The Heritage Hill Association which represents the oldest and one of the largest historic districts in the state of Michigan, was not consulted in the formulation of this bill and we wonder what historic preservation organizations were consulted? Because this bill is being moved so quickly, there has been no opportunity to learn more about the concerns the bill sponsors say they are responding to.

We believe that HB5232 & SB720 jeopardize property owners’ investments in historic districts by subjecting districts to a citywide renewal vote every ten years. This would allow the vote of residents outside of a historic district to determine if that district would be allowed to continue to exist. This provision actually takes away local control – control by neighborhood residents that these historic districts have always enjoyed. We understand that this provision is no longer being considered but we must state our opposition to this proposal in case it has not formally been removed.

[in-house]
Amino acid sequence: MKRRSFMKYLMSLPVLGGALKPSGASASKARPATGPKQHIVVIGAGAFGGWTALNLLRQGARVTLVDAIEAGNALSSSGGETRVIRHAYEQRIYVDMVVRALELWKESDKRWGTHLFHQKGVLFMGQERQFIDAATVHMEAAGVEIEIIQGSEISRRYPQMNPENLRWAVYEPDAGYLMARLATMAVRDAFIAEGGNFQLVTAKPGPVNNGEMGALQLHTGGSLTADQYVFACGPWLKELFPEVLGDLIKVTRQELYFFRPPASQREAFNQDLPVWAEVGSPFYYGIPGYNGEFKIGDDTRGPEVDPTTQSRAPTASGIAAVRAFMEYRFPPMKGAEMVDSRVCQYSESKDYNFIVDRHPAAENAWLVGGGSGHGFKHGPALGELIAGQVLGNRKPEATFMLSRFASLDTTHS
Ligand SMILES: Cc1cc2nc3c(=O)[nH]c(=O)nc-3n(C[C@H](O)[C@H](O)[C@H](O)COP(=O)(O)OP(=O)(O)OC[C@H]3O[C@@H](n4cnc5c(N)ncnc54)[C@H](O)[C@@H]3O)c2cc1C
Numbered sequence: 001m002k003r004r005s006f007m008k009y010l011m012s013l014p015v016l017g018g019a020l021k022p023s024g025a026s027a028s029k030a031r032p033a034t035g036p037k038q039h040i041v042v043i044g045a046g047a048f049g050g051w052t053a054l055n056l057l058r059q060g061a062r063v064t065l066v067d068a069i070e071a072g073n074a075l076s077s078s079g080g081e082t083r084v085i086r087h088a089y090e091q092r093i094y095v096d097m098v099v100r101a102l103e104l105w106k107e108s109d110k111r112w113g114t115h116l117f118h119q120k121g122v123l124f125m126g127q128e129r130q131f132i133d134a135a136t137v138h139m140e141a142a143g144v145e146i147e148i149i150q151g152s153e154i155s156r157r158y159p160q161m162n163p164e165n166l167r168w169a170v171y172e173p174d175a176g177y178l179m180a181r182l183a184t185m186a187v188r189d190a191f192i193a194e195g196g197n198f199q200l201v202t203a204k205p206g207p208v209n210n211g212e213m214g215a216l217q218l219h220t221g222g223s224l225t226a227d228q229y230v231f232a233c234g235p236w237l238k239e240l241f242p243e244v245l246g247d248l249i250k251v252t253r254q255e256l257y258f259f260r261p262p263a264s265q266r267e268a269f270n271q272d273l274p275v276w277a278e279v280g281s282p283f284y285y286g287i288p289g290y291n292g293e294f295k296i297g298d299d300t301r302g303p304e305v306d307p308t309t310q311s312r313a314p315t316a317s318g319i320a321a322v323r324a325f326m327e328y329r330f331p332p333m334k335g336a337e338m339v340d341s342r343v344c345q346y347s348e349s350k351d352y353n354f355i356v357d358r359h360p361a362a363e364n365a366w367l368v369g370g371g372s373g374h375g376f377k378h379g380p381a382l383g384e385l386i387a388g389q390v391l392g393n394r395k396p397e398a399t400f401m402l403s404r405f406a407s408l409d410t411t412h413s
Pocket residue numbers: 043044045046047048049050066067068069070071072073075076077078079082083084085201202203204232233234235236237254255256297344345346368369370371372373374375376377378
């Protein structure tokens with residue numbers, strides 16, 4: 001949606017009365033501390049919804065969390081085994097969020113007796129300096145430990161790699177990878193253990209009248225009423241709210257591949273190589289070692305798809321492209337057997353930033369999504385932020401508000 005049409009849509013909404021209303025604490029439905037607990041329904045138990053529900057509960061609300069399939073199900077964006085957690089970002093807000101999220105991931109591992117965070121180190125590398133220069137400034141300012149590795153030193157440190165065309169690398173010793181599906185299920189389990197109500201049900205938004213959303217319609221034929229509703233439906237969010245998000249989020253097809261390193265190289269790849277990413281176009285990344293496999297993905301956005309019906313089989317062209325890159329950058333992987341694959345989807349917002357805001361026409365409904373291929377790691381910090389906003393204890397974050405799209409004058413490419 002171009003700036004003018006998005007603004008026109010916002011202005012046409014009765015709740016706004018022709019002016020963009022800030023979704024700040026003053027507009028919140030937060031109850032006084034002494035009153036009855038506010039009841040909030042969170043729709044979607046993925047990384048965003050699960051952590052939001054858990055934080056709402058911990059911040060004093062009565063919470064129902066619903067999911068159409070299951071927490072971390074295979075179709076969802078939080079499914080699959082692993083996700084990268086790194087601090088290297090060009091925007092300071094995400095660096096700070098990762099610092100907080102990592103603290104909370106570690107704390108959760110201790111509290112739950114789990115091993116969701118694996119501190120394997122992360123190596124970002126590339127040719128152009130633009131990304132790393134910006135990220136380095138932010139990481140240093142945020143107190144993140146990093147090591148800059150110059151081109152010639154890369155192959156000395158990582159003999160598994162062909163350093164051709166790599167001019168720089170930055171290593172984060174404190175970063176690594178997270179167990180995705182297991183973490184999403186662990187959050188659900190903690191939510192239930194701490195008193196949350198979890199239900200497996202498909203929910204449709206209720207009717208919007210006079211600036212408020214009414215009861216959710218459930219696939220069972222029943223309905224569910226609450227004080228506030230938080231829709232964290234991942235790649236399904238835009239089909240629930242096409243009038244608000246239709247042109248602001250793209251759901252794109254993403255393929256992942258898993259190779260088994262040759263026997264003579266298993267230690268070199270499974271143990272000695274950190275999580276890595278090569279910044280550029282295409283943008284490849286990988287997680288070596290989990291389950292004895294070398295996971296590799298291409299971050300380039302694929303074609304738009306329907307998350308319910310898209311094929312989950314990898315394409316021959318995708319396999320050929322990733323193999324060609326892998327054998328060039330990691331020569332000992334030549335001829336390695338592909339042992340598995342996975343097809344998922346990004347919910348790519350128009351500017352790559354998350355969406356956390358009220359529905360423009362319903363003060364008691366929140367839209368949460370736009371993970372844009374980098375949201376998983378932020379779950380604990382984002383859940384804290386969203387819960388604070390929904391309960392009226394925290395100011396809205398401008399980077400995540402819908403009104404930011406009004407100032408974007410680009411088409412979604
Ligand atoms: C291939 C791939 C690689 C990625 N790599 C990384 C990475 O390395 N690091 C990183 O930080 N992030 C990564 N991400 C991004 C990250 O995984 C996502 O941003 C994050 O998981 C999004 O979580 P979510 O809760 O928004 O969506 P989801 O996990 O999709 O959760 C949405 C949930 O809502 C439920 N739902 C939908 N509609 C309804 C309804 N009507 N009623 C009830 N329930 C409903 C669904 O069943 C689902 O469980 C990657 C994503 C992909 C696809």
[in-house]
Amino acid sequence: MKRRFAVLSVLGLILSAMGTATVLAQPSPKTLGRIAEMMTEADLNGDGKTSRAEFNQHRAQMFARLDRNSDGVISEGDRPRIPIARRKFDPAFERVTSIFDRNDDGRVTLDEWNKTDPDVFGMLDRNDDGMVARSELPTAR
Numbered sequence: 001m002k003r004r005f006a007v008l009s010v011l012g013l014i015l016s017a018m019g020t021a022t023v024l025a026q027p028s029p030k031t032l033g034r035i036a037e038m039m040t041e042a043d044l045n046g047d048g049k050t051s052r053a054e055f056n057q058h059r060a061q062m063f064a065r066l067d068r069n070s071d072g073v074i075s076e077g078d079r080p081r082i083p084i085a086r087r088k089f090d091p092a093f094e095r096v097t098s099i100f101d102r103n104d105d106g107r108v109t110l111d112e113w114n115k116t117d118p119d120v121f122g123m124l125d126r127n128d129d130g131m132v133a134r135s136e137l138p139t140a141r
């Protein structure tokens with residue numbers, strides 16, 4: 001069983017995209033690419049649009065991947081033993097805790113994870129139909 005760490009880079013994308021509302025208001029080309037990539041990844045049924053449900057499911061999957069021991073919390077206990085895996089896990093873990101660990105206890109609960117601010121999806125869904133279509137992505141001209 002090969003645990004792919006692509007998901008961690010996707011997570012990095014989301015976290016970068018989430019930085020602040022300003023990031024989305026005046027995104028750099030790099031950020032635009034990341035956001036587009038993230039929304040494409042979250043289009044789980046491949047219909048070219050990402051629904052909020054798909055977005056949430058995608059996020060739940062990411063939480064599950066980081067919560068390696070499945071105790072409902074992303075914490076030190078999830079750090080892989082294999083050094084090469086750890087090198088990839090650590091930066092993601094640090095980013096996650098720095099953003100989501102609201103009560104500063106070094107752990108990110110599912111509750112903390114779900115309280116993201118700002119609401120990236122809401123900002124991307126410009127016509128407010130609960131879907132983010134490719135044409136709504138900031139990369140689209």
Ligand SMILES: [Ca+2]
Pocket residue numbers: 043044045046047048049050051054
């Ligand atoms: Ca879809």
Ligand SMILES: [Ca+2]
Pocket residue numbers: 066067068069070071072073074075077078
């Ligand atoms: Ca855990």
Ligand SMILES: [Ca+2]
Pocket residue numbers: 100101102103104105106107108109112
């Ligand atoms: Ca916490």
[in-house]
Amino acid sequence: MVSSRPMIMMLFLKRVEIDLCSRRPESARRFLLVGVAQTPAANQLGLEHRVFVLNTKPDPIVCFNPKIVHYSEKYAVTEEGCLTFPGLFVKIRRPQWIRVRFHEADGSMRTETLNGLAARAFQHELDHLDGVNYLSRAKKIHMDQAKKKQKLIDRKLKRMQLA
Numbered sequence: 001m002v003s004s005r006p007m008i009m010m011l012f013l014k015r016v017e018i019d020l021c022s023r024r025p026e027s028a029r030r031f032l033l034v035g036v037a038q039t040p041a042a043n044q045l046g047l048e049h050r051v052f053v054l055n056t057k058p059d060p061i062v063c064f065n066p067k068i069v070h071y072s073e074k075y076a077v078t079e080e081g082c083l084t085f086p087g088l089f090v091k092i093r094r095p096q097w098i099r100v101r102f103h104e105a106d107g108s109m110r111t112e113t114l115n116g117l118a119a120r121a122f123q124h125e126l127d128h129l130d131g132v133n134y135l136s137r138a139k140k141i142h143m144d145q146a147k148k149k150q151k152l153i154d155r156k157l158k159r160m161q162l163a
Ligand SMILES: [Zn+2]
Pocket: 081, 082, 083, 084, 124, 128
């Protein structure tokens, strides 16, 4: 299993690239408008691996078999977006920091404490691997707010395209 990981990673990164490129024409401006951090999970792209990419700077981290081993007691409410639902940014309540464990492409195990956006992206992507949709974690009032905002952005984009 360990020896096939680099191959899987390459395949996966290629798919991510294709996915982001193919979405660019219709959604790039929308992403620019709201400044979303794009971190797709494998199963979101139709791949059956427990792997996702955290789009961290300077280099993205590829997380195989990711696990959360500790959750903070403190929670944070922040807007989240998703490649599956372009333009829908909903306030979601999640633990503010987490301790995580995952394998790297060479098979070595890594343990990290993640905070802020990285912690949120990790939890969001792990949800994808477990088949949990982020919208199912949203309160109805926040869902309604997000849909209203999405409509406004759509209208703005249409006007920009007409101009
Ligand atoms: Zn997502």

There are other significant issues with this bill that are cause for alarm.  HB 5232 jeopardizes property owners’ rights by allowing changes to historic neighborhoods that are not in line with the Department of Interior guidelines. This jeopardizes Heritage Hill’s National designation and can result in the loss of tax credits for historic repairs on income producing properties. Another is allowing decisions regarding historic repairs to be based on politics. PA 169 has a proven track record of protecting Michigan’s historic treasures and it has fostered millions of private investment dollars. This highly successful public act works and thousands of property owners have benefited from the protection it provides.

We challenge and oppose changes to PA 169. We will work to protect the enormous economic of impact of preservation and the personal property rights of our residents

Jim Payne, President – Heritage Hill Neighborhood Association


The following is an excellent response to the rationale being promoted by the bill’s sponsor.

RebeccaHoffman response3-8-16